Feb. 13, 2019 — When you mention “Civil War” these days, particularly in Western Oregon, most folks immediately think of the annual battle between orange and green, not the battle between blue and grey that took place in the southeastern United States 158 years ago. Although the annual collegiate battle first took place nearly as far back in 1894, other than the common name reference, the similarities probably end there.
However, while none of the battles from the war between the states took place here in Oregon, that doesn’t mean Oregon didn’t feel the impacts from that war.
When the real Civil War started in 1861, Oregon was a fledgling state, having attained statehood only two years earlier. The United States Army already had considerable presence in Oregon, but primarily because of conflicts between the growing number of settlers who were newcomers and the multiple native American tribes around the state, who had been here first.
As the troop demands for the Civil War increased, the North began withdrawing federal troops to feed that need. To fill the gap for keeping peace, volunteer cavalry replacements were recruited, and the 1st Oregon Cavalry was activated in 1862.
While numerous army posts were established around the state throughout our early years, Ft. Stevens was specifically designed to protect the mouth of the Columbia River from potential Confederate raiders. Although the authorization act for its construction came out of Congress in 1862, the Civil War was over before Ft. Stevens was fully operational. It would however, go on to play significant roles in WWI and WWII.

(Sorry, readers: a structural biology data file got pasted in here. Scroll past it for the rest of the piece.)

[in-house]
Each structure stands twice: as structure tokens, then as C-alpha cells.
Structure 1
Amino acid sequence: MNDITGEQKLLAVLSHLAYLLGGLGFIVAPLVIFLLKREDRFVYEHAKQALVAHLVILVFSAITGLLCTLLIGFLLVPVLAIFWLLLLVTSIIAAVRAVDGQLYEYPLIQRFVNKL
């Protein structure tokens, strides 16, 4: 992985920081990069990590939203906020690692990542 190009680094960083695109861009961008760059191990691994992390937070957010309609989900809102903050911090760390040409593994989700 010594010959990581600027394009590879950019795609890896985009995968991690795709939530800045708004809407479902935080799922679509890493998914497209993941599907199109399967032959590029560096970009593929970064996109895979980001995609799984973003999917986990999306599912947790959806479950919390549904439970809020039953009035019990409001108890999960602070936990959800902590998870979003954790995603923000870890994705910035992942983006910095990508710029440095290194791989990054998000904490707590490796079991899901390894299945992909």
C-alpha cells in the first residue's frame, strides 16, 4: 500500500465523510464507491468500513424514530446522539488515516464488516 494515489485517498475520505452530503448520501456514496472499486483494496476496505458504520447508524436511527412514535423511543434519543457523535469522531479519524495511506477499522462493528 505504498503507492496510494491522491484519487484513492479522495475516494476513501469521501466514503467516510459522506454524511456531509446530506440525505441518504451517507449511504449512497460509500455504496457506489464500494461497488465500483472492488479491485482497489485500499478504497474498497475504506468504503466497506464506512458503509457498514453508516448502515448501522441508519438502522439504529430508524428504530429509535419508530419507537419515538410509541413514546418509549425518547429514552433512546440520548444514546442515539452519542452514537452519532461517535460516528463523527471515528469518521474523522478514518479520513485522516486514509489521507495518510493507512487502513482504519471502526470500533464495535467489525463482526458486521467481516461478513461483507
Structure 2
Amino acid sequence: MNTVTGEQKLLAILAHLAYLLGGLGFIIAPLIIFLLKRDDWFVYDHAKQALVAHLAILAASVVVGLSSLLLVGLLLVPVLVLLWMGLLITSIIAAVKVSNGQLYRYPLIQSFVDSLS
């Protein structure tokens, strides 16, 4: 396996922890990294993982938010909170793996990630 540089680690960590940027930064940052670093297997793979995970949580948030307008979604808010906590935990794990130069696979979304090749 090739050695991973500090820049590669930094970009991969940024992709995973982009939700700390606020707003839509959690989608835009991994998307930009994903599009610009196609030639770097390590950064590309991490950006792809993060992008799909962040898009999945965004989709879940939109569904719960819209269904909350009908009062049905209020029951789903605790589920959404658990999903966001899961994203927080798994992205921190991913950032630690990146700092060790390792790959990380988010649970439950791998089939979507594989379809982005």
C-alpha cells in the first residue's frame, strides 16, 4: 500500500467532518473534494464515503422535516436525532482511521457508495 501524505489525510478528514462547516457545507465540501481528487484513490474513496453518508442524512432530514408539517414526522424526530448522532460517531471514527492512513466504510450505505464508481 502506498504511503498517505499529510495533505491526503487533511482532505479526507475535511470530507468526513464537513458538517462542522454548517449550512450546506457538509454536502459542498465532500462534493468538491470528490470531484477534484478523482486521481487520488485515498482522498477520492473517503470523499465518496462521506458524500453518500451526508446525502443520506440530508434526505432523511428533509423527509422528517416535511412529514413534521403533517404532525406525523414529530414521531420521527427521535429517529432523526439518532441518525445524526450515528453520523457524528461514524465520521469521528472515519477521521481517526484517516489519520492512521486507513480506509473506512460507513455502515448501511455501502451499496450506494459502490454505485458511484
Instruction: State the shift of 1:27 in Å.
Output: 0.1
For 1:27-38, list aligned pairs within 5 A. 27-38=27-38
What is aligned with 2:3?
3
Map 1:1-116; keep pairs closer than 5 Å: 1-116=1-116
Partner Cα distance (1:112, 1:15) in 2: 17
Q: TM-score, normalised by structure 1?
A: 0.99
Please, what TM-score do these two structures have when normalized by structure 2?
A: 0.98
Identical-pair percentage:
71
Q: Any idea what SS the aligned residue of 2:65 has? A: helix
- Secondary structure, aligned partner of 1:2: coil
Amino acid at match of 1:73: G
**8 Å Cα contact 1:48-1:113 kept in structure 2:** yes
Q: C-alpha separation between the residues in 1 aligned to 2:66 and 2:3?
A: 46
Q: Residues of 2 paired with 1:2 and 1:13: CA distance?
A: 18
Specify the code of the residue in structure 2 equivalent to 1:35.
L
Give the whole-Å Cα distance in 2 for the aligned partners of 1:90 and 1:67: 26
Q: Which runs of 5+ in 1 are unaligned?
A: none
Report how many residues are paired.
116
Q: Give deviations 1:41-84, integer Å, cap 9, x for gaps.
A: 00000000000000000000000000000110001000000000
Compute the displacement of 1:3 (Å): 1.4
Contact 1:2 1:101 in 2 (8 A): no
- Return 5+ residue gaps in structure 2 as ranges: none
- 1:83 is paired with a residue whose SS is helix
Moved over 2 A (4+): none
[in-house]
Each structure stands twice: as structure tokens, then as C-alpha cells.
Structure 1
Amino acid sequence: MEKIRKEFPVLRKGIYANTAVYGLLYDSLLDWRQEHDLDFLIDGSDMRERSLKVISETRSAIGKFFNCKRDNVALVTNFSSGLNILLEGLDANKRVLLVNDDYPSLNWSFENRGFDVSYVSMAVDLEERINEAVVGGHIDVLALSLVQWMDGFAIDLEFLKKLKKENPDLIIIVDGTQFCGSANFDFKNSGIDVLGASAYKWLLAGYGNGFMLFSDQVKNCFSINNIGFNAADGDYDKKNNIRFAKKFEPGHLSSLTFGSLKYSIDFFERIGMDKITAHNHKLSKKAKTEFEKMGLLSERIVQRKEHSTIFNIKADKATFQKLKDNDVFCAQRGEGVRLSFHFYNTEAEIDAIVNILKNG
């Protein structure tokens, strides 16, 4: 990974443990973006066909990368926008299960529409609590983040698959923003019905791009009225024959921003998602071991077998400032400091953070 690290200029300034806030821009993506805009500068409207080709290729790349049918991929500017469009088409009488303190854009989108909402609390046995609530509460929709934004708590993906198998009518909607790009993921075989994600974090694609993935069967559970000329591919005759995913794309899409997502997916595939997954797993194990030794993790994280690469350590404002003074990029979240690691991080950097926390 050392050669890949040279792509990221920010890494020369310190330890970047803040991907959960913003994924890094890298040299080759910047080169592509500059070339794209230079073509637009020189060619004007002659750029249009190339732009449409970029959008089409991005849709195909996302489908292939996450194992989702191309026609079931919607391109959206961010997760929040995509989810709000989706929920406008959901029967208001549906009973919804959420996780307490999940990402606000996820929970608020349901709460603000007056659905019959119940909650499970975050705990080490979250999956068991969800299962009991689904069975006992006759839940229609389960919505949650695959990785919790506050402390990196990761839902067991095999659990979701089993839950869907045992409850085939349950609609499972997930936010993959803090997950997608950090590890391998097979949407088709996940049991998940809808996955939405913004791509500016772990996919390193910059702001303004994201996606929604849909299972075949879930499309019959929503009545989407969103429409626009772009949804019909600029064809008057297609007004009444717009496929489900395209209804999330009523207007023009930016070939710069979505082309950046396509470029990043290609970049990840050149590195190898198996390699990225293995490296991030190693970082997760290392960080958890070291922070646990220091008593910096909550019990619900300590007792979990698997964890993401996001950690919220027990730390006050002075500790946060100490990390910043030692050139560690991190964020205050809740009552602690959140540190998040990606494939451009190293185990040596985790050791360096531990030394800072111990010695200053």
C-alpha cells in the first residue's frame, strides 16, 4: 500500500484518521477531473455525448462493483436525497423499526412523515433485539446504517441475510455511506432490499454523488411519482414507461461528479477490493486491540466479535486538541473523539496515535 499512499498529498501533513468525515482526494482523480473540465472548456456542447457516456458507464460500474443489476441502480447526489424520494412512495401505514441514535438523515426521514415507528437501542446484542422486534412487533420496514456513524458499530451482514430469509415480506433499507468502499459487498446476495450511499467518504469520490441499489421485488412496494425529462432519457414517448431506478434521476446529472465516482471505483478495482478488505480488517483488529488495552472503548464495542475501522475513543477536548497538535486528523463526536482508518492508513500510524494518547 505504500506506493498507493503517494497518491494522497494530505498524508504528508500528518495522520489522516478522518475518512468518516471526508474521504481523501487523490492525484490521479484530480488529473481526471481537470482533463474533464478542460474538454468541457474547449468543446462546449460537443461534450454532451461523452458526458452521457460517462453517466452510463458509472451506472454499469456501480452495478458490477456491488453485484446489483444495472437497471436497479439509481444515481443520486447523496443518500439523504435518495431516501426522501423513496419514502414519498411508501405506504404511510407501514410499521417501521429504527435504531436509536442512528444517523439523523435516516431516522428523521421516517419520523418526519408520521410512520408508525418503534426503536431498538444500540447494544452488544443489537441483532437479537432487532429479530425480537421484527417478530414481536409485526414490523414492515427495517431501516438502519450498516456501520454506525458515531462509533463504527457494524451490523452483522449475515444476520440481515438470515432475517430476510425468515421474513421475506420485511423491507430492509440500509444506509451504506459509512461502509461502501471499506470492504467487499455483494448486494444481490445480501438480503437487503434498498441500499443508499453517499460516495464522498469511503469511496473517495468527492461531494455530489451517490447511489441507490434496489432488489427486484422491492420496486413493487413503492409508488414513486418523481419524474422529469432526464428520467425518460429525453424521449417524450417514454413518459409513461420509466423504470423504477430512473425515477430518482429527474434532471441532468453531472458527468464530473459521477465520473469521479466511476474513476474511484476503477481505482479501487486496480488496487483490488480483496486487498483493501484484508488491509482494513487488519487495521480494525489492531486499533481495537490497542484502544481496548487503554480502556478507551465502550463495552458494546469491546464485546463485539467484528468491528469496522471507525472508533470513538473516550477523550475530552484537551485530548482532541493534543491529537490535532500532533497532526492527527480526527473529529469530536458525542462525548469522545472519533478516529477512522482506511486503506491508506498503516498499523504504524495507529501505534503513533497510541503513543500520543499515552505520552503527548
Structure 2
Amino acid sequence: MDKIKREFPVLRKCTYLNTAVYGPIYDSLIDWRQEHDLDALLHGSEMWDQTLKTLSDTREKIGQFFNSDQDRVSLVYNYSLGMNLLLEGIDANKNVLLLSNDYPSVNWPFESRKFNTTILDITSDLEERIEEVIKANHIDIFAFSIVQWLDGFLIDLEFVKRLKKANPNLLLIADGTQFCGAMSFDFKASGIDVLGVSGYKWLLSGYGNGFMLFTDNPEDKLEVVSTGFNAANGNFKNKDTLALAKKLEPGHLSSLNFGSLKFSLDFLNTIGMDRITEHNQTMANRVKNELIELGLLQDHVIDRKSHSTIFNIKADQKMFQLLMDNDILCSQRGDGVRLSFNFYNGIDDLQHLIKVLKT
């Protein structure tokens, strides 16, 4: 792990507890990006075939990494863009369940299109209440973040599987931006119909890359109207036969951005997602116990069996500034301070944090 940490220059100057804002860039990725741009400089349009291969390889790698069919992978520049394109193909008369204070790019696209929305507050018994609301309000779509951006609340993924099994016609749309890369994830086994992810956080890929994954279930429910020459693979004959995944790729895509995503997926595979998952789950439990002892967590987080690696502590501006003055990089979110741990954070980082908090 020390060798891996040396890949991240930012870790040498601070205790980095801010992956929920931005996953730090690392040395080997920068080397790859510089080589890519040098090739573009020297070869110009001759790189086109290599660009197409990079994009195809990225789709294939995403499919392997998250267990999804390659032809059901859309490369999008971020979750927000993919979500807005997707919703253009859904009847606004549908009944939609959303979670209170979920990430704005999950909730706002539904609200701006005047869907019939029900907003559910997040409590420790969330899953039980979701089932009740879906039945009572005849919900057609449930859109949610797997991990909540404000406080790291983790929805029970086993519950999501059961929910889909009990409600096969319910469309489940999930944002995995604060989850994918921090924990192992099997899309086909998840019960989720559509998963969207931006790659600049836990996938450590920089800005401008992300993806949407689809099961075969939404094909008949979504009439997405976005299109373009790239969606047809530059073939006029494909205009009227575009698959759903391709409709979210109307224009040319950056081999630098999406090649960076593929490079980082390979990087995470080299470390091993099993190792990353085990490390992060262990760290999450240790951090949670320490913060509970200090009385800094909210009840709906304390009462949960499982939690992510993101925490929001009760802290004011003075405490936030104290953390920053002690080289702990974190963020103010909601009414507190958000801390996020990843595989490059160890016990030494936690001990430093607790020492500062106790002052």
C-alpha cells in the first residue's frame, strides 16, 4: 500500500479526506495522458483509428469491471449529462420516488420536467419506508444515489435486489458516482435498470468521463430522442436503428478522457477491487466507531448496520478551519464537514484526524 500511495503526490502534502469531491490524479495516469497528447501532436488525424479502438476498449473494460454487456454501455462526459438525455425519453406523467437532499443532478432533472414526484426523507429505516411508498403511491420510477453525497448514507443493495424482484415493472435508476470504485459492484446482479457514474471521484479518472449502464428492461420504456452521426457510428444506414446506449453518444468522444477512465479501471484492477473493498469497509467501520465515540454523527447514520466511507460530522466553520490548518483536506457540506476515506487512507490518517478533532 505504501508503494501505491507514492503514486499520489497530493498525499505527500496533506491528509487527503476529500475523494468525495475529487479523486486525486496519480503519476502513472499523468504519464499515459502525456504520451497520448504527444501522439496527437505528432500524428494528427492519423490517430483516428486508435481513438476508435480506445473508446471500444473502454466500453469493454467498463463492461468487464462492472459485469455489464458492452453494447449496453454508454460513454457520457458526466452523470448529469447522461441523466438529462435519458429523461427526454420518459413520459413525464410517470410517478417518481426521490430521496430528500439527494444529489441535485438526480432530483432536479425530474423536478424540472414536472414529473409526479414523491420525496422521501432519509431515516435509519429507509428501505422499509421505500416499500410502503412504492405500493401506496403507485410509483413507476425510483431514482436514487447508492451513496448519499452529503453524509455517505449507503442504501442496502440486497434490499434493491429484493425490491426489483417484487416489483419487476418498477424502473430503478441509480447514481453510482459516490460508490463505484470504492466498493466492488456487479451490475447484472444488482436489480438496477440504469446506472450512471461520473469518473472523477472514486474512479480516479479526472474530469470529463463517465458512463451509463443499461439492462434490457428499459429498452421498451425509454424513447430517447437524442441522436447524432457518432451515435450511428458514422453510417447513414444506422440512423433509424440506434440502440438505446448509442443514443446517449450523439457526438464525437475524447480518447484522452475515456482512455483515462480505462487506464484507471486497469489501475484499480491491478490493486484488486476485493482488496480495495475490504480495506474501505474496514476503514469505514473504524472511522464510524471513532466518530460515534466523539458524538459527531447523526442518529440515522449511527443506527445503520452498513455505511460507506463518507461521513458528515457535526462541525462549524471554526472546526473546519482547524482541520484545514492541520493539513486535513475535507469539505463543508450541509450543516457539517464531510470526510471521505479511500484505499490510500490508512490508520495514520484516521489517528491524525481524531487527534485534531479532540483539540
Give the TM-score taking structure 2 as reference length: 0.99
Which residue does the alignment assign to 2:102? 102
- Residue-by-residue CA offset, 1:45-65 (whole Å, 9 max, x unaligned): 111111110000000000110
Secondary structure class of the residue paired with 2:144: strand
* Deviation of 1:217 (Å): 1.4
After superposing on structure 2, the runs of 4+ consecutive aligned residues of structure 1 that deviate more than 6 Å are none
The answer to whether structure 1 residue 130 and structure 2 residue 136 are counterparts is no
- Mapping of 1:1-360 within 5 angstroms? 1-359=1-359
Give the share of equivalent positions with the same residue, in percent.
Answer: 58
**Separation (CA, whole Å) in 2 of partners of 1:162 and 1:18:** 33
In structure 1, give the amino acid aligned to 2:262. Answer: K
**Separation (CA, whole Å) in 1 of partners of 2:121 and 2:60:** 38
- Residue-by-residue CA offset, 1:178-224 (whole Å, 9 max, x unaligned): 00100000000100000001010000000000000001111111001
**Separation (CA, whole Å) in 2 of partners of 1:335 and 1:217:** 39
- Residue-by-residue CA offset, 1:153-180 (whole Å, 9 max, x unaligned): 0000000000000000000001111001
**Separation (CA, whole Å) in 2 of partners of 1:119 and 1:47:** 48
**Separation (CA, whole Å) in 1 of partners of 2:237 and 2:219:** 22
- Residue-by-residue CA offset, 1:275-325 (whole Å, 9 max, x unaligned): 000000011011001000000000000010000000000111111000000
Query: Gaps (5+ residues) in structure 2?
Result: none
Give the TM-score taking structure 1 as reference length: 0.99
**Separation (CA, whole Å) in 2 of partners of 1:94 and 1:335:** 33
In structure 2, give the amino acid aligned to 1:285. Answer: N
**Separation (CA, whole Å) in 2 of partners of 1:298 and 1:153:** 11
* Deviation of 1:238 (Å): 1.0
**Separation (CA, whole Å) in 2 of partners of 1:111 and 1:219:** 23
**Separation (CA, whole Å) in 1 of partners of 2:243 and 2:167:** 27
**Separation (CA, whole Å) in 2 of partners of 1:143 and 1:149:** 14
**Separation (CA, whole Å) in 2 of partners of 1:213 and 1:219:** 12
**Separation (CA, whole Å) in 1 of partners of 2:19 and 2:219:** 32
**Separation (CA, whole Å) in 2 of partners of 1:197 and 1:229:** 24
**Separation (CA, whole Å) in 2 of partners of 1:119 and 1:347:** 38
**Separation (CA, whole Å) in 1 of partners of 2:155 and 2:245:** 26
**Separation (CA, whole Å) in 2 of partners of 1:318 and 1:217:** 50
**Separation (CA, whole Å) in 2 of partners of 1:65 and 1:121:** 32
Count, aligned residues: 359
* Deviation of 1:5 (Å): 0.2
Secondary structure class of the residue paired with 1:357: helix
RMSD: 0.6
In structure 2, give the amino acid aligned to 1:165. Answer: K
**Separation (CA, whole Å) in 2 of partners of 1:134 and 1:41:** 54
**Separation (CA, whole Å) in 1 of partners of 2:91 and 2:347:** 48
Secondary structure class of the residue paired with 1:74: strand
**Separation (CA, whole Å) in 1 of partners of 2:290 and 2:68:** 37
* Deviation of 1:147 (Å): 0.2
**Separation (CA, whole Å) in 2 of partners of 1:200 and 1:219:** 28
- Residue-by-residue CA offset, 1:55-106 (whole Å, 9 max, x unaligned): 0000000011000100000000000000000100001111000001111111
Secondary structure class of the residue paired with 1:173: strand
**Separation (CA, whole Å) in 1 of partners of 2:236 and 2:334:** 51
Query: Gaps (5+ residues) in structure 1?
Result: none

The Civil War left its imprint on Oregon in other ways, besides the veterans who are buried in some of our local cemeteries. Ft. Stevens itself was named after Isaac Stevens, former Governor of Washington Territory, who, as a Union Officer, was killed in 1862 in the Battle at Chantilly.
Harney County in Eastern Oregon was named after William Harney, a Union Officer who survived the Civil War, and known for his pre-war success with Indian tribes.
Baker County and Baker City were named after Edward Baker, another Union Officer killed in 1861 at the Battle of Balls Bluff.
Closer to home, Lane County was named after Joseph Lane, the first Governor of our State, but who was also a southern sympathizer and ran unsuccessfully for the vice presidency against the Lincoln ticket. Even after his retirement from political life to Douglas County, he remained a believer in separation of the states.
There are other connections between Oregon and the Civil War, and you can hear about them plus more detail about the events mentioned here, at our next Military Heritage Day on Saturday, Feb. 23, at the Florence Municipal Airport.
Board Member and Volunteer Dave Burkett, a Civil War living historian, will regale you with more fascinating tidbits about this element of Oregon’s military heritage.
Perhaps at the next collegiate Civil War match up, you’ll have a different perspective of that game’s title!
The Oregon Coast Military Museum is located at 2145 Kingwood St. in Florence and is open Wednesday through Sunday, noon to 4 p.m. You can learn more at www.oregon